This month a new retail food establishment, Nit Noi, opened at 3 Strickland Road in Cos Cob with a unique proposition: a broth-based menu with a Thai twist, plus a variety of hand-folded dumplings.
North and Jillian Shutsharawan, a husband and wife team who opened their first Nit Noi location in Norwalk in 2017, explained that Nit Noi means ‘a little bit,’ in Thai.
While many people think of broth as a building block for recipes, broth has become a new food category in itself, and Shutsharawans said their slow simmered broths are unlike anything store bought. They are both nourishing and filling.
The idea for a broth type business emerged during a trip North and Jillian took to Colorado.
“All the restaurants were chowder or chili,” North said. “Lots of meat and potatoes.”
“By that point brodo had become a big thing in the city,” Jillian said, adding that Chef Marco Canora had successfully established the concept at his East Village restaurant, Hearth, where he opened up a takeout window just for hot cups of broth.
“Our broth is different,” Jillian added. “Ours is Thai style, so we use different herbs and different types of bones. The production is completely different.”
“My mom has a great noodle soup recipe,” said North, who was born in Bangkok. His family moved to New York when he was six.They later moved to Norwalk, where he met Jillian in high school.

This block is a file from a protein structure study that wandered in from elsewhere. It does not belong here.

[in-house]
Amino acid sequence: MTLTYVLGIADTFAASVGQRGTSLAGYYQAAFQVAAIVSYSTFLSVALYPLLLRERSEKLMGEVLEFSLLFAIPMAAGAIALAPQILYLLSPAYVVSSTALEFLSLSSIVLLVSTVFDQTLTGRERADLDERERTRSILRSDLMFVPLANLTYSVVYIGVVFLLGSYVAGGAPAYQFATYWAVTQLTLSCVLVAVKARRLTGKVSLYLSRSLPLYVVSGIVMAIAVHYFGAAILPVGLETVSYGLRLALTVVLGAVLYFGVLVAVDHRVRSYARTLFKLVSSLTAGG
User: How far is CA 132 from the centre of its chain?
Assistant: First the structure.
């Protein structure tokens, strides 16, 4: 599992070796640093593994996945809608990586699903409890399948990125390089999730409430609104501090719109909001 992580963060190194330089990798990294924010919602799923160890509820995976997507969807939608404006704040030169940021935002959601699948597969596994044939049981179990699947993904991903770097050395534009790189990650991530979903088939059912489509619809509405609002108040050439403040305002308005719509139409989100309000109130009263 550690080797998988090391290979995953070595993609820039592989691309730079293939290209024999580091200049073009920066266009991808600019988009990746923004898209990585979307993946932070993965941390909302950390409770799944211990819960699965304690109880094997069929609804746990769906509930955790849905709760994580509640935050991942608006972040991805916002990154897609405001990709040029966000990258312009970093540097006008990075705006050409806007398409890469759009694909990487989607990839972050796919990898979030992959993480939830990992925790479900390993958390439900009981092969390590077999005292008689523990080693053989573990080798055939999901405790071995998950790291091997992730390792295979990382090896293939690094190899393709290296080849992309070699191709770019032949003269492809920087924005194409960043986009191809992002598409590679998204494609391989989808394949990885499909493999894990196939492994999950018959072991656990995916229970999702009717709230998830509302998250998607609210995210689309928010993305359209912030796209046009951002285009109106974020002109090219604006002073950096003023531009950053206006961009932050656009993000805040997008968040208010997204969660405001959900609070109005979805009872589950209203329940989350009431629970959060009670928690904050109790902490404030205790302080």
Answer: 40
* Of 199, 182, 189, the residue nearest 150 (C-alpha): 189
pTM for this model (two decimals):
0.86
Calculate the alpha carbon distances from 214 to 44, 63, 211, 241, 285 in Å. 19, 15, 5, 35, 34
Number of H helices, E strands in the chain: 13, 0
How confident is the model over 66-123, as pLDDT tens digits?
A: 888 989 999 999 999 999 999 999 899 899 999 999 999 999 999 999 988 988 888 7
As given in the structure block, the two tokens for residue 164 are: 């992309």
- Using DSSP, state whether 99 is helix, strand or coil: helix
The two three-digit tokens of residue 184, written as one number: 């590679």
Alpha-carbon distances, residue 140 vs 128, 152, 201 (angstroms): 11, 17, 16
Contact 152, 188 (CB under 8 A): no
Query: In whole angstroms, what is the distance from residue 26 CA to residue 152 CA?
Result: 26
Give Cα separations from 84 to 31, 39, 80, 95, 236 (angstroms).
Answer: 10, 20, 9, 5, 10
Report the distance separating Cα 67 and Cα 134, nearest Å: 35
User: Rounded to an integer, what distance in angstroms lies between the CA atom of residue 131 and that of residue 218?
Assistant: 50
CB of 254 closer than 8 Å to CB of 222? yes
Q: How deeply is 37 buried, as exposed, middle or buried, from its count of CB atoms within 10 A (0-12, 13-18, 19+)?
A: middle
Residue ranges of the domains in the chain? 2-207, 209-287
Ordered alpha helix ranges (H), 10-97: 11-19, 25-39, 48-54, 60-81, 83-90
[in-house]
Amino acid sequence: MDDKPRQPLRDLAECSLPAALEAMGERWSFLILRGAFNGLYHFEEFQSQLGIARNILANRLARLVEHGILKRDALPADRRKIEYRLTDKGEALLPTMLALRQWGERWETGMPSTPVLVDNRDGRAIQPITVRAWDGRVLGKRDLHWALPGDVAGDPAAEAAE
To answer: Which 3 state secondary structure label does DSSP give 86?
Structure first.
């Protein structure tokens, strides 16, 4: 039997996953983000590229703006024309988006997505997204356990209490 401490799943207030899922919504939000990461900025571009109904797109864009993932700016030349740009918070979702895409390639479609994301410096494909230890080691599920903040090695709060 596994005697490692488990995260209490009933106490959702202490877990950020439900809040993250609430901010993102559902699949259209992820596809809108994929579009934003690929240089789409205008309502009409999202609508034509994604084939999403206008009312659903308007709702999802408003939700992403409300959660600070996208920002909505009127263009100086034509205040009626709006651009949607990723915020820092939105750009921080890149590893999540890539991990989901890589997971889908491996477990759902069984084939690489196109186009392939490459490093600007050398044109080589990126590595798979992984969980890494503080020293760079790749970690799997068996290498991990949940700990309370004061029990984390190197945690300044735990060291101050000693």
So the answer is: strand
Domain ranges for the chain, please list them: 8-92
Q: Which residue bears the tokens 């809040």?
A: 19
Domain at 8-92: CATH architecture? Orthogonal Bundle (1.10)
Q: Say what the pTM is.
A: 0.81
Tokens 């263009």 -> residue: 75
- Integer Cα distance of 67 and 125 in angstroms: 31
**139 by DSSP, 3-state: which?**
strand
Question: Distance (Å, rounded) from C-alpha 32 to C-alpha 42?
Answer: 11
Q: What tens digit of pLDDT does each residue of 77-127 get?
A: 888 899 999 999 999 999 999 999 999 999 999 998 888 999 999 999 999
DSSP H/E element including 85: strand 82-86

“This is what I grew up having on Sundays at brunch,” he said. “That’s how we came up with the serving meals with a broth base and a Thai slant.”
North said he and Jillian knew the people who started Fleishers Craft Butchery, and they became a source of good bones.
But there was a learning curve to selling broth, and the Shutsharawans received valuable feedback at local farmers markets. Starting in 2016 they participated in the Westport Farmers Market.
From there, the couple expanded to other farmers markets including the one in Rowayton and the Wednesday farmers market in Old Greenwich, before opening at 95 Water Street in Norwalk in 2017.
“It took a while to find a location in Greenwich,” Jillian said, adding that the kitchen is in South Norwalk.
“We’re slowly educating people so that broth becomes part of their daily habit,” North said. “The baby step is to come in and ask for the chicken noodle soup.”
“Then we introduced the Thai chicken noodle soup to show what you can do with this broth.”
“We know you’re probably not going to make a full Thai meal, but if you use our flavors – some broth, some garlic, some sauces – you can really elevate your cooking, and make it better,” he added.
“Cooks got it immediately,” North said. “They come in and just grab broths from the refrigerated cabinets.”
While many customers are unfamiliar with the broth concept, others use it on a regular basis.
“It’s a really versatile ingredient,” Jillian said. “A lot of people buy the broth and put it in ice cube trays to sauté vegetables with.”
“But we’ve expanded the broth bar, to include different drinks that we make with broth,” Jillian said. “There’s a turmeric, cinnamon, cardamom and ginger one that’s amazing. There’s a garlic cilantro scallion one that is savory and delicious, and one called Defense which is ginger and lime juice.”